Featuring A. Trevor Thrall, Associate Professor, School of Policy, Government, and International Affairs, George Mason University; and Erik Goepner, Doctoral student in public policy, George Mason University; with comments by Betsy Woodruff, Politics Reporter, The Daily Beast; Emily Ekins, Research Fellow, Cato Institute; and Aaron Schumacher, Director, International, Foreign Policy Group, and Senior Vice President, Young Professionals in Foreign Policy; moderated by Christopher Preble, Vice President for Defense and Foreign Policy Studies, Cato Institute.
A limited constitutional government calls for a rules-based, freemarket monetary system, not the topsy-turvy fiat dollar that now exists under central banking. This issue of the Cato Journal examines the case for alternatives to central banking and the reforms needed to move toward free-market money.
Americans are finally enjoying an improving economy after years of recession and slow growth. The unemployment rate is dropping, the economy is expanding, and public confidence is rising. Surely our economic crisis is behind us. Or is it? In Going for Broke: Deficits, Debt, and the Entitlement Crisis, Cato scholar Michael D. Tanner examines the growing national debt and its dire implications for our future and explains why a looming financial meltdown may be far worse than anyone expects.
The Cato Institute has released its 2014 Annual Report, which documents a dynamic year of growth and productivity. “Libertarianism is not just a framework for utopia,” Cato’s David Boaz writes in his book, The Libertarian Mind. “It is the indispensable framework for the future.” And as the new report demonstrates, the Cato Institute, thanks largely to the generosity of our Sponsors, is leading the charge to apply this framework across the policy spectrum.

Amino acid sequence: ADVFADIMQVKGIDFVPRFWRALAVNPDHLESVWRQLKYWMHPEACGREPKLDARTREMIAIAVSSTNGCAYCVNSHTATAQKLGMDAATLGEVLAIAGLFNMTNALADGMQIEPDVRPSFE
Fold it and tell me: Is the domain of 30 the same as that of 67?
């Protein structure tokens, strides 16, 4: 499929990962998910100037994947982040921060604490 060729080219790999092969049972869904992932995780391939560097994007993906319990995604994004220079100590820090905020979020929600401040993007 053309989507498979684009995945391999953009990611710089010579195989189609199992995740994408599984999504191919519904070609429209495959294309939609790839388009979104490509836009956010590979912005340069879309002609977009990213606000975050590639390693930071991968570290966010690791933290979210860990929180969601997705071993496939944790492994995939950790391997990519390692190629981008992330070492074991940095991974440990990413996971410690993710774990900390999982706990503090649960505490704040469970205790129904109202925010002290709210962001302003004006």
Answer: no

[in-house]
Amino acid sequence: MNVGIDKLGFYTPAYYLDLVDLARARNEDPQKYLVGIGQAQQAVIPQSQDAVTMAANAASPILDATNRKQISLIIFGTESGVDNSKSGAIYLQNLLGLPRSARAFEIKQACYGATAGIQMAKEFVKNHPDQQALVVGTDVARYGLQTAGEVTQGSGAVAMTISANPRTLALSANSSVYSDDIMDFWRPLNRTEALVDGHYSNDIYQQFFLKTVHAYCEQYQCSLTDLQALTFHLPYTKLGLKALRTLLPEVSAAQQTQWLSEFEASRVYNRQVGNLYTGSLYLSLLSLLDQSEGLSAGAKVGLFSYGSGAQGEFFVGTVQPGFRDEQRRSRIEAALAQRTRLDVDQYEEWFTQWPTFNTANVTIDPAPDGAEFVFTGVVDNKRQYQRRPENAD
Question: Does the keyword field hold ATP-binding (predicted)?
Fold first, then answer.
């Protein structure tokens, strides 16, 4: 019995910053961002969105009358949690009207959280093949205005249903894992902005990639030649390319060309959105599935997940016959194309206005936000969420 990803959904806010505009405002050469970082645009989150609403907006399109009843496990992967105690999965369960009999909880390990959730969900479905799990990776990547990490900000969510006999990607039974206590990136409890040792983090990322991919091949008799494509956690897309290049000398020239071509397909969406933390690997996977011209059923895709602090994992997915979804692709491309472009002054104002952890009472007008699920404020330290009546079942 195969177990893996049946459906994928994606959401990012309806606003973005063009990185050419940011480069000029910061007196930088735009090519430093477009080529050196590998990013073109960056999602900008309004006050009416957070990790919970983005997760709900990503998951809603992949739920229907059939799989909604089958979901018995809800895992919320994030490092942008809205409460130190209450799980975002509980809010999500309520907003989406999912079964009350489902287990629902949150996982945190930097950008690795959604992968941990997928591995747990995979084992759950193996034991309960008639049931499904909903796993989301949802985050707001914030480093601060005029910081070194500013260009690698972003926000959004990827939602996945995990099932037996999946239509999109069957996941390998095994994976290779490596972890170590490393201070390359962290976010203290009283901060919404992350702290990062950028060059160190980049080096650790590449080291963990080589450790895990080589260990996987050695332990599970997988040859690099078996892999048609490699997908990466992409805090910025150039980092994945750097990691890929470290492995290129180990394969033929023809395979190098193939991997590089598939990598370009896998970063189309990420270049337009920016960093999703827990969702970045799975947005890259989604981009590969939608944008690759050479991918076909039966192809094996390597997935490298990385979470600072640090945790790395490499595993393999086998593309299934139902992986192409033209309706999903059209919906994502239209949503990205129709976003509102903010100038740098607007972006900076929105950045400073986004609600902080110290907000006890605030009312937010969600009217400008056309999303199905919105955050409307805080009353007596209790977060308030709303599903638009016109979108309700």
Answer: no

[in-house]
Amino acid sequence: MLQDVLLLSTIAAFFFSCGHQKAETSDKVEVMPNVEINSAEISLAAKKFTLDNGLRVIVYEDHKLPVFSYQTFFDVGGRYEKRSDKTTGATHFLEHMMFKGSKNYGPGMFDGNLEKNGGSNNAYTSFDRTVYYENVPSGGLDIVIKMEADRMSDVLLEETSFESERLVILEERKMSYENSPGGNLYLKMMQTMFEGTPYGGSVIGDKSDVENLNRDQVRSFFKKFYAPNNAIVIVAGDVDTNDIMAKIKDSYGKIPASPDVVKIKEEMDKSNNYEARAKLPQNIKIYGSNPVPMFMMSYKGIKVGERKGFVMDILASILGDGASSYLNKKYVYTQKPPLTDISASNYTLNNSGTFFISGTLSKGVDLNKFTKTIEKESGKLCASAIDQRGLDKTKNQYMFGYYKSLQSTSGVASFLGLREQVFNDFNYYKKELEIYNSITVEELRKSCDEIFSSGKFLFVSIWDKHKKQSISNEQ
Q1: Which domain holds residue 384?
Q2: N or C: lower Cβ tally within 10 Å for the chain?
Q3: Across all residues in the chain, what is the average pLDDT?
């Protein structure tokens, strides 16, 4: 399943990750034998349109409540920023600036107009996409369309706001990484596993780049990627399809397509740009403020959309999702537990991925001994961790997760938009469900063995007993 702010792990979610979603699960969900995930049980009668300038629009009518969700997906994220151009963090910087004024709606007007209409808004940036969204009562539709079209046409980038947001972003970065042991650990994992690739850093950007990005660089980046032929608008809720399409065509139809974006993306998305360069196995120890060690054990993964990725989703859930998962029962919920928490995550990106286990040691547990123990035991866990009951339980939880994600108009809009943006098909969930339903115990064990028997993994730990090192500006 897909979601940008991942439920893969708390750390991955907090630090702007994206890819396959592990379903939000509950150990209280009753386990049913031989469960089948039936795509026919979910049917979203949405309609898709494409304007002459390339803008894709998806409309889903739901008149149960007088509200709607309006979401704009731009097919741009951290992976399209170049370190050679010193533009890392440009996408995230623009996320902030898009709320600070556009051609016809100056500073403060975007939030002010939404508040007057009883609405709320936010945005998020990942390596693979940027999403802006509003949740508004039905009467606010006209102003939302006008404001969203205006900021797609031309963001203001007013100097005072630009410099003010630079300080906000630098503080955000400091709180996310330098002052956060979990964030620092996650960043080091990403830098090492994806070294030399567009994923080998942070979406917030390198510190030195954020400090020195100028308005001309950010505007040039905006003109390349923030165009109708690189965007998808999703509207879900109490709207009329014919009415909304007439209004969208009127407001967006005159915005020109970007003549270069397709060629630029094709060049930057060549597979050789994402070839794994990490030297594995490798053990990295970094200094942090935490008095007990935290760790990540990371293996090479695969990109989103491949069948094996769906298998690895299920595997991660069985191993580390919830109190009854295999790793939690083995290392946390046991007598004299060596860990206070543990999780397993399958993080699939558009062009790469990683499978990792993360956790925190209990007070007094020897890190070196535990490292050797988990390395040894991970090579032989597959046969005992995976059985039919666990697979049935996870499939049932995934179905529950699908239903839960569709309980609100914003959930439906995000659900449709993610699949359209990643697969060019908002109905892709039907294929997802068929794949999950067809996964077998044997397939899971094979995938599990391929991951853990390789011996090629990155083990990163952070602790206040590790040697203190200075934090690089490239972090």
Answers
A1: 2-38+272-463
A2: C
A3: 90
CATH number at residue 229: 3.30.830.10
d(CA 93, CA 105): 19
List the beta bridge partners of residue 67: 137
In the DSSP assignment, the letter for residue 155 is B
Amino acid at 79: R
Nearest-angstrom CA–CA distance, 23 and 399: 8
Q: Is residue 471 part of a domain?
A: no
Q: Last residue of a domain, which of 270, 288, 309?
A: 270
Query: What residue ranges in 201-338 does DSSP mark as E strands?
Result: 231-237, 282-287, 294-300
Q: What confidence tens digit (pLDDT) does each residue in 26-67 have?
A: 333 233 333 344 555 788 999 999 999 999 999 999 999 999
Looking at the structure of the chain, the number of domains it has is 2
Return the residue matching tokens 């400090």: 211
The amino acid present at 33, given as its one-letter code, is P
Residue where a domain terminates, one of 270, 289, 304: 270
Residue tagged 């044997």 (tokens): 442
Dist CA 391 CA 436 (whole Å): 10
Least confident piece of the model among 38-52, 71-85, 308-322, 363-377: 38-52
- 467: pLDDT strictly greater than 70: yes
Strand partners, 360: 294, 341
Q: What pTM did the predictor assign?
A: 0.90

Does the Middle East Need U.S. Aid? Implications for Israeli Security and Prosperity
Featuring Robert Sauer, President, Jerusalem Institute for Market Studies; Corinne Sauer, Executive Director, Jerusalem Institute for Market Studies; and Doug Bandow, Senior Fellow, Cato Institute; moderated by Ian Vasquez, Director, Center for Global Liberty and Prosperity, Cato Institute.
The United States gives Israel some $3 billion in annual aid conditioned on similar aid to Egypt, Jordan, Saudi Arabia, and the Palestinian Authority. According to a study by the Jerusalem Institute for Market Studies, every dollar granted to Israel costs Israel between $1.06 and $1.39. The panel will discuss how the structure of this aid forces Israel to spend more than $3 billion on defense to maintain a balance of power in the region and why ending U.S. aid to the Middle East would benefit regional security and prosperity. Cato scholar Doug Bandow will explain why cutting the aid is also in the interest of the United States.